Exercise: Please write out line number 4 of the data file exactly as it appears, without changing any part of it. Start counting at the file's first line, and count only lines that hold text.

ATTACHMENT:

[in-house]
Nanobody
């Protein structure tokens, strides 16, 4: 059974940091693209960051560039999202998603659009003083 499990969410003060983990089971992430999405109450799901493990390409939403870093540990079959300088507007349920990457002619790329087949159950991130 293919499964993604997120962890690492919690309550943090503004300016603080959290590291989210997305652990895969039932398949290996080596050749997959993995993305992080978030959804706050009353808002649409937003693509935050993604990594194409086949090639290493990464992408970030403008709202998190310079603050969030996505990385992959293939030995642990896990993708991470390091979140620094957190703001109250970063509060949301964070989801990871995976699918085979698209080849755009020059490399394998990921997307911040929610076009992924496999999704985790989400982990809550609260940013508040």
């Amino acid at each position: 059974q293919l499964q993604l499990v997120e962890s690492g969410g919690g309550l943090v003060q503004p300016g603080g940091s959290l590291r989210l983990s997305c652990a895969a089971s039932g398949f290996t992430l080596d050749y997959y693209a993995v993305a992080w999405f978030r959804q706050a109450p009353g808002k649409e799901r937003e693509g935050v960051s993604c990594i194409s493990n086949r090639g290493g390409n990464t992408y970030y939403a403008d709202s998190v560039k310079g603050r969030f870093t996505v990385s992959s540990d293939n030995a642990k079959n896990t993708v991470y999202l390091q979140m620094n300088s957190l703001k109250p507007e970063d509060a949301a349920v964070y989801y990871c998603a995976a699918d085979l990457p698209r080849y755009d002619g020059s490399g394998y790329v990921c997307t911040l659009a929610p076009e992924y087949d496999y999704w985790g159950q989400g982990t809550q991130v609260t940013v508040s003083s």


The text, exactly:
């Amino acid at each position: 059974q293919l499964q993604l499990v997120e962890s690492g969410g919690g309550l943090v003060q503004p300016g603080g940091s959290l590291r989210l983990s997305c652990a895969a089971s039932g398949f290996t992430l080596d050749y997959y693209a993995v993305a992080w999405f978030r959804q706050a109450p009353g808002k649409e799901r937003e693509g935050v960051s993604c990594i194409s493990n086949r090639g290493g390409n990464t992408y970030y939403a403008d709202s998190v560039k310079g603050r969030f870093t996505v990385s992959s540990d293939n030995a642990k079959n896990t993708v991470y999202l390091q979140m620094n300088s957190l703001k109250p507007e970063d509060a949301a349920v964070y989801y990871c998603a995976a699918d085979l990457p698209r080849y755009d002619g020059s490399g394998y790329v990921c997307t911040l659009a929610p076009e992924y087949d496999y999704w985790g159950q989400g982990t809550q991130v609260t940013v508040s003083s």